For many women, birth control pills can be "saviors," but many people worry that regular birth control pills will harm the body.
A recent study has yielded an unexpected result showing that the use of birth control pills from a young age may increase cognitive ability during menopause.
According to a study published in The Journal of the American Geriatrics Society , compared to those who did not take birth control pills, those who took the minimum pill during the 10-year period had a higher likelihood of awareness when they entered. menopause .
In this study, 830 menopausal women answered a series of questions like menstruation when, how many pregnancies, often re-use birth control pills .
In addition, they must answer both tests related to cognitive ability.
People taking minimal contraception for 10 years will have higher cognitive abilities when they enter menopause.
When the researcher analyzed the results of this experiment, they found a surprise: compared to women who did not take birth control pills, women who took oral contraceptives showed better memory ability. , and have a high score on the test of ability to recognize the world.
In further analysis, they found that women who took contraceptives more than 10 years had higher scores.
This means that women who use birth control pills when young can maintain their intelligence status later on.
The written researcher reported that "early puberty, late pregnancy, long reproductive periods and oral contraceptives are related to later cognitive abilities".
However, there are studies that show that birth control pills also produce side effects, especially in terms of memory and cognitive abilities.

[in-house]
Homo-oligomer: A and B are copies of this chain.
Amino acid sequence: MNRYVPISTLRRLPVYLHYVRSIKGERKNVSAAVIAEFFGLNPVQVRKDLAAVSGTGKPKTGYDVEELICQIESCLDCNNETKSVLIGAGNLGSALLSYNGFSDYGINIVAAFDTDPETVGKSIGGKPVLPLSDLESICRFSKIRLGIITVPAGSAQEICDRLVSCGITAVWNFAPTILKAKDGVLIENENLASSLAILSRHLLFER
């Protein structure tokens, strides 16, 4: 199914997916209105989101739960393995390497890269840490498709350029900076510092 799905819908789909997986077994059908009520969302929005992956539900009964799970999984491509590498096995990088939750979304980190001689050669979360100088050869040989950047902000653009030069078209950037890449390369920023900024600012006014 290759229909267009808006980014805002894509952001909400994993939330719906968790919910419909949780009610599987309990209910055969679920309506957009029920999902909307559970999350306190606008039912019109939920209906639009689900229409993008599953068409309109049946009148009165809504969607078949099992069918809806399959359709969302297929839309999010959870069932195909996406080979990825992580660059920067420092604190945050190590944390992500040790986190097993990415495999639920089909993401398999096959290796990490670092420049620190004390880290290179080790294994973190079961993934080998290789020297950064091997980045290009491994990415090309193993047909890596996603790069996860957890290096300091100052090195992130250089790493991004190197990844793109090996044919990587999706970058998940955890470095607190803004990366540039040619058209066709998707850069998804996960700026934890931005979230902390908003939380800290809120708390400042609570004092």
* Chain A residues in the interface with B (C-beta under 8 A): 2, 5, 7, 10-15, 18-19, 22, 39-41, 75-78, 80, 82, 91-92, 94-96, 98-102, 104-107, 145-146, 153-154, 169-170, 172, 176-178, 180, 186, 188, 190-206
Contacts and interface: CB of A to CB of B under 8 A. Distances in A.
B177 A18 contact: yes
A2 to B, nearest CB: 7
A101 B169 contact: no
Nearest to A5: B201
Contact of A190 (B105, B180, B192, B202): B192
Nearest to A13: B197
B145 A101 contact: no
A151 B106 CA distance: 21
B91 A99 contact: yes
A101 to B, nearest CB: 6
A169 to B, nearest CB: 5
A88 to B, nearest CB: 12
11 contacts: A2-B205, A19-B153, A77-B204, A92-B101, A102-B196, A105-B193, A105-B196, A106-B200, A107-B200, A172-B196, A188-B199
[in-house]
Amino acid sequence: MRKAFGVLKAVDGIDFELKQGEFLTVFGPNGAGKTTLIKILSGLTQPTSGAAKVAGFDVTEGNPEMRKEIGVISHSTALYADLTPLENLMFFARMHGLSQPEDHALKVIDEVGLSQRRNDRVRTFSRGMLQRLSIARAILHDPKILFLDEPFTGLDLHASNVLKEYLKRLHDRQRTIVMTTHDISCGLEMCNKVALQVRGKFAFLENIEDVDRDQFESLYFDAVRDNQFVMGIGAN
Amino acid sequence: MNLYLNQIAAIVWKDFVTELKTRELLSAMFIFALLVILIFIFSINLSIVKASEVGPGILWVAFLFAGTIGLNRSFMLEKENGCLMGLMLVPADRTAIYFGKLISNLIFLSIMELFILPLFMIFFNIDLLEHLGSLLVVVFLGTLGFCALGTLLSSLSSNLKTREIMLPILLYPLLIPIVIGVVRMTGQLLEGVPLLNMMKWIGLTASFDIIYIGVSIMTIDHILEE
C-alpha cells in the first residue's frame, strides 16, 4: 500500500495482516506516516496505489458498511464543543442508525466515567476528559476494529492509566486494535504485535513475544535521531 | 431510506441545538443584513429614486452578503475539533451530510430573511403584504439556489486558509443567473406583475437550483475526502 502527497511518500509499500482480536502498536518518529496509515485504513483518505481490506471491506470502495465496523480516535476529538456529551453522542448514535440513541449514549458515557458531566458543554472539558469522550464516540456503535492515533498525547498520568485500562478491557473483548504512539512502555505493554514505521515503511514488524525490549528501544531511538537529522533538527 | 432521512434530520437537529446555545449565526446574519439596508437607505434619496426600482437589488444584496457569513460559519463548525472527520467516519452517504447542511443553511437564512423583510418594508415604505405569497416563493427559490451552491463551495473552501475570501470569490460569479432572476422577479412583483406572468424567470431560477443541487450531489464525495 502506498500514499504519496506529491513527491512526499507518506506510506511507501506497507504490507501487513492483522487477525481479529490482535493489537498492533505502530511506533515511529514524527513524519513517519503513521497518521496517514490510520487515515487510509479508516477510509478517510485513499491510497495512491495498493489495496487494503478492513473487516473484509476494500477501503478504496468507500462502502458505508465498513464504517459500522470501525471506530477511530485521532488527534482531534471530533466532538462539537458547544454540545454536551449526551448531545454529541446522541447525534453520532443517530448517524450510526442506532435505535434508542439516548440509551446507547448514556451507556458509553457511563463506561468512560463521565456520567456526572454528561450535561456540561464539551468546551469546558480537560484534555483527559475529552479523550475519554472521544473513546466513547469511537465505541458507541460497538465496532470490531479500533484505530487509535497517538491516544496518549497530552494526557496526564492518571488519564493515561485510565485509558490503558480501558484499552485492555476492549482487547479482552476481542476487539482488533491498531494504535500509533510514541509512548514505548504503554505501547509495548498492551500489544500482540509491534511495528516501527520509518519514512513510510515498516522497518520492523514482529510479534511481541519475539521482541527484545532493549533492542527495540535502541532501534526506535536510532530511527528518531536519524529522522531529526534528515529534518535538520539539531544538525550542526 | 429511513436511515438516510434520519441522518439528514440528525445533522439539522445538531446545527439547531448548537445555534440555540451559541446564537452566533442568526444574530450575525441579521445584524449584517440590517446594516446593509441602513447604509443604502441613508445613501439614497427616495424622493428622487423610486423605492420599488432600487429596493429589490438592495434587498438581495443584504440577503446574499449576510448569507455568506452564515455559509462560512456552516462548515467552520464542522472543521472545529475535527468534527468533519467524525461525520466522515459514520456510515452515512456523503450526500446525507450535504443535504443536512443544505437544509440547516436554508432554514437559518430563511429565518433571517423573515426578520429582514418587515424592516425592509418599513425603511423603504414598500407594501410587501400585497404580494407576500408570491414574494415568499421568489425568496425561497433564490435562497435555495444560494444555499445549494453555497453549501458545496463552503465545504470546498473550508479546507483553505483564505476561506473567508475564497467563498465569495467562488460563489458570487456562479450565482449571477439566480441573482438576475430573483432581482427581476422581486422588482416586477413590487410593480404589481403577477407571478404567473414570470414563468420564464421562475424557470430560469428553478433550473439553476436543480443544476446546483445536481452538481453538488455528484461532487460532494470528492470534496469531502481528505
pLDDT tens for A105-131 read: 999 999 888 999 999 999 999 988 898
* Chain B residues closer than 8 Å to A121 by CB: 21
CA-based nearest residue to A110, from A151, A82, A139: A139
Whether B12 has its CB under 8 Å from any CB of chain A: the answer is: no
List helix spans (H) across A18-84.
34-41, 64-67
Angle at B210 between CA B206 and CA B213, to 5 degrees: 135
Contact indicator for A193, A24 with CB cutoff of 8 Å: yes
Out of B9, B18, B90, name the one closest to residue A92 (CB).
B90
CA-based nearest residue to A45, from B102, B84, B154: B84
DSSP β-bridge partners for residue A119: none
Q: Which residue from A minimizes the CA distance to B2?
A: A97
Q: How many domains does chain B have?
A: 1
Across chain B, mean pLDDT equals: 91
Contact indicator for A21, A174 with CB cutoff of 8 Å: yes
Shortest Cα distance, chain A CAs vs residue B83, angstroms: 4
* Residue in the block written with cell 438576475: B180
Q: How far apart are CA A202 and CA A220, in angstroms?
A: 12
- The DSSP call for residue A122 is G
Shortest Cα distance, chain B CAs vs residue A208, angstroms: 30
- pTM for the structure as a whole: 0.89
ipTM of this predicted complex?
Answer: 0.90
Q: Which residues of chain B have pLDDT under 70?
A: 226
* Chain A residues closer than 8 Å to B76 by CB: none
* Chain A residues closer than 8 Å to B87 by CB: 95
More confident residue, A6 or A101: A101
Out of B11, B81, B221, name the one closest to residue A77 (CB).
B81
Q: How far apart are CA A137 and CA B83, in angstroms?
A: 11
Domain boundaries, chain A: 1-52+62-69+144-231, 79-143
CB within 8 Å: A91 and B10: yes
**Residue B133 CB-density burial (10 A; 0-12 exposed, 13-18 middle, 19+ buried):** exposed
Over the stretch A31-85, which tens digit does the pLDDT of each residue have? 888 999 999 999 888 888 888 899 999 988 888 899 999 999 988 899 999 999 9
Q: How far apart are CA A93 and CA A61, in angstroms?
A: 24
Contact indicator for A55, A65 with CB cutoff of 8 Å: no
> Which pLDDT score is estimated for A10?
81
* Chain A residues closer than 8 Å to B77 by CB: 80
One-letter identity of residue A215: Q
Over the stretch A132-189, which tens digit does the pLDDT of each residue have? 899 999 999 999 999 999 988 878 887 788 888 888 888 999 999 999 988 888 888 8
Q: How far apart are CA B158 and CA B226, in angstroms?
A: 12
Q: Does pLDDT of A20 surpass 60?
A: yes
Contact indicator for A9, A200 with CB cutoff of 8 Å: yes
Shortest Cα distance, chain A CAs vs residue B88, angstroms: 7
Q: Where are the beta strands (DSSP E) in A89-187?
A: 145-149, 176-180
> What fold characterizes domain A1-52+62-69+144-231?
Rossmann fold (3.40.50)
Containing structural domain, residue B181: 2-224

In 2011, a University of California study found that women who took hormonal contraceptives often remembered more emotionally for an incident, while women who did not use birth control pills often remember the specific details.
A 2010 study found that hormonal birth control pills for women affect the brain structure.
Hormonal contraceptives for women affect the brain structure.
Researcher Belinda Pletzer of the University of Salzburg (Austria) and colleagues analyzed the brains of people taking birth control pills and those who had never taken birth control pills by morphological analysis from magnetic resonance imaging (MRI).
According to their research, oral contraceptives affect the regional structure that controls brain cognitive activity.
In addition, anyone who has ever used oral contraceptives knows that birth control pills can affect your mood . Although how the effect depends on each subject, some oral contraceptives have been shown to have a positive effect on improving symptoms of depression before menstruation.
Of course, if you want to clarify the effects of birth control pills with your brain, more research is needed. However, do not forget the main effect of birth control pills: can help you choose the right time to give birth.